Sheesh, how many GoldenEye games do we want? There’s never enough, apparently. The DS entry of the 'reimagining' showcased some solid gameplay for the most part, though we mentioned some rather maddening blemishes in our review, including some ridiculous pinpoint enemy accuracy. Still, this is a solid entry that Bond fans will likely enjoy.
Motion controls and first-person gameplay is always a good pairing, even if some games do it far better than others. Quantum of Solace for the Wii is certainly one of the poorer examples, with choppy frame rate and bugs galore throughout, making this game an easy pass for fans, particularly if you’ve got access to the PS3 or Xbox 360 versions.
Another first-person Bond game, huzzah! Agent Under Fire was originally meant to be a tie-in to the The World Is Not Enough movie, but thanks to delays, it eventually became its own thing. Although a short game with limited potential for replayability, it’s nevertheless a fun entry that keeps you sufficiently entertained for the duration.
From Russia With Love is a fascinating entry in Bond's gaming catalogue, ditching the first-person perspective in favour of third-person, as per Everything or Nothing — which means you get to enjoy the likeness of an official Bond actor on screen 99% of the time. This one is based on Sean Connery's second outing as 007 from 1963 — often cited as the best Bond film ever — and happens to be the last game developed by EA before Activision took over the franchise reins.
It has some redeeming elements and decent gameplay, but also some rather uninspired levels. Overall, it’s a flat and flawed game, but a fascinating one too, with Connery reprising the role that made him a star for the very last time.
The World Is Not Enough for the N64 was always kind of doomed to be compared to GoldenEye 007. Rare passed on making a follow-up, instead focusing on expanding its possibilities away from the Bond licence with Perfect Dark. The unenviable task of making the next Bond FPS fell to Eurocom, and the team did an admirably good job with TWINE — especially if you had played Black Ops' terrible Tomorrow Never Dies on PlayStation hoping for a GoldenEye equivalent.
While it was never going to be held in such high regard as its Rare-developed forebear, The World Is Not Enough is surprisingly solid, with satisfying shooter gameplay and crisp visuals (for the N64). Perhaps not 007, but a solid, non-traitorous 006.
This 'new', reimagined GoldenEye 007 certainly isn’t perfect, but Eurocom hit enough high points to make a really enjoyable, modern Bond game while honouring the legacy of the N64 original. With Brosnan booted here in favour of Craig, the campaign is a bit short but fun while it lasts, and the local and online multiplayer modes are strong enough to carry the game for a good while. GoldenEye doesn't capture the same intense adoration its predecessor managed to — it does nothing to advance the genre in any notable way — but it's still a robust, enjoyable experience and a prime example of a film game (and reimagining) done right.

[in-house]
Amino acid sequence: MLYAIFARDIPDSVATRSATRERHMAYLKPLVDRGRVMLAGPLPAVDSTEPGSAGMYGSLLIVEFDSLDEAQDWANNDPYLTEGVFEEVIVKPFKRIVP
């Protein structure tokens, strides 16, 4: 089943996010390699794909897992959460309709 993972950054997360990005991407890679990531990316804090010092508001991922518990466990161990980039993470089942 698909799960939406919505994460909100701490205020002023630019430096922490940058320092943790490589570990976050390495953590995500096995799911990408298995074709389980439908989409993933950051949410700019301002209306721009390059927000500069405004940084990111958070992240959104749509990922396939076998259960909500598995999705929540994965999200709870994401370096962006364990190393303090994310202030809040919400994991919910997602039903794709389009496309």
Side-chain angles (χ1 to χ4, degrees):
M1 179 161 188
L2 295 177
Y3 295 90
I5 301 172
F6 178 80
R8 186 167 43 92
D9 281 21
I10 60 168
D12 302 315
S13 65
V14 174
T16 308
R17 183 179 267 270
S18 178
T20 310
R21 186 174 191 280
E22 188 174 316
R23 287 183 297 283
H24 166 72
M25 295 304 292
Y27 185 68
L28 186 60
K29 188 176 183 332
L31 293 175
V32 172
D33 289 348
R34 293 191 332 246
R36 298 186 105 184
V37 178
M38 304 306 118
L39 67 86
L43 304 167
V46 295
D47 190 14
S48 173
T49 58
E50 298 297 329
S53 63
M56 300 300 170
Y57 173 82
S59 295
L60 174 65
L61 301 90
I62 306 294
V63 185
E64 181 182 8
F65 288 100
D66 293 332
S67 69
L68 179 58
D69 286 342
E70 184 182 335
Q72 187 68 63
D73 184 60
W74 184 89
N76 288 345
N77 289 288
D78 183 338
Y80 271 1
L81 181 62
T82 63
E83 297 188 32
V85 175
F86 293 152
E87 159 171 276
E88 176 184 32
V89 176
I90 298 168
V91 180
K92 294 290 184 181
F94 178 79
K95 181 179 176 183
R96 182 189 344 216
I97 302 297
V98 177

Even if we still bristle at the cynical use of the name once again.
There are a few problems such as invisible barriers blocking bullets, and visually it's not the most ambitious Game Boy game, but the simple look works well, as does the music in this 8-bit take on ol' JB. James Bond 007 is an exciting, fun little game that provides plenty of pocket-sized entertainment.
We're also suckers for its classic gun barrel, blood-soaked cover. Diwww-di-di-diw diwwwww diw-diw-diw...
Everything or Nothing was positioned as an original movie-style production in its own right, just without the accompanying film. A third-person shooter, it boasted a full 'Hollywood' cast, including the then-current JB, Pierce Brosnan, plus Bond regulars John Cleese, Judi Dench, and Richard Kiel, plus Shannon Elizabeth, Heidi Klum, and the ever-wonderful Willem Dafoe.
While the production isn't as slick as you might hope in places, it boasts some very solid vehicular-based levels (thanks to its borrowing the Need For Speed engine for those sections) and several awesome set pieces (the motorcycle-based Portchartrain Bridge mission was particularly breathtaking).
Arguably Eurocom’s best Bond game, Nightfire is another game that aims for Bond filmic scale and actor talent without the foundation of an actual film or Fleming novel. It's an excellent first-person shooter, with a suitably slick feel and impressively cinematic visuals.
Oh, and it also did a snowmobile section way before Call of Duty, thank you very much. If you’re going to play a Bond game that isn’t N64's GoldenEye, you’d best make sure it’s this one.
The best movie tie-in ever made? Not only was Rare's game hugely influential on the console FPS genre, but it also gave N64 owners a proper 'adult' experience to sink their teeth into. At a time when PlayStation was too cool for school, GoldenEye 007 provided some real ammo in the console wars, and its four-player deathmatches — remarkably, a last-minute addition before the game went gold — led to some of the best multiplayer memories we have, for any system. You Only Live Twice>Bunker>Power Weapons? How about Licence to Kill>Facility>Pistols?
We're easy, but whatever you do, make sure you've got 'Sight ON Auto-Aim OFF'. And no Odd Job.
What a turn up for the books, eh? Whodathunkit? GoldenEye 007, the best James Bond game ever. It leaves us stirred, if not shaken.
Very interesting to see the top 5, though — we think it's time to dig out the GameCube! Feel free to let us know below your thoughts on the ranking above.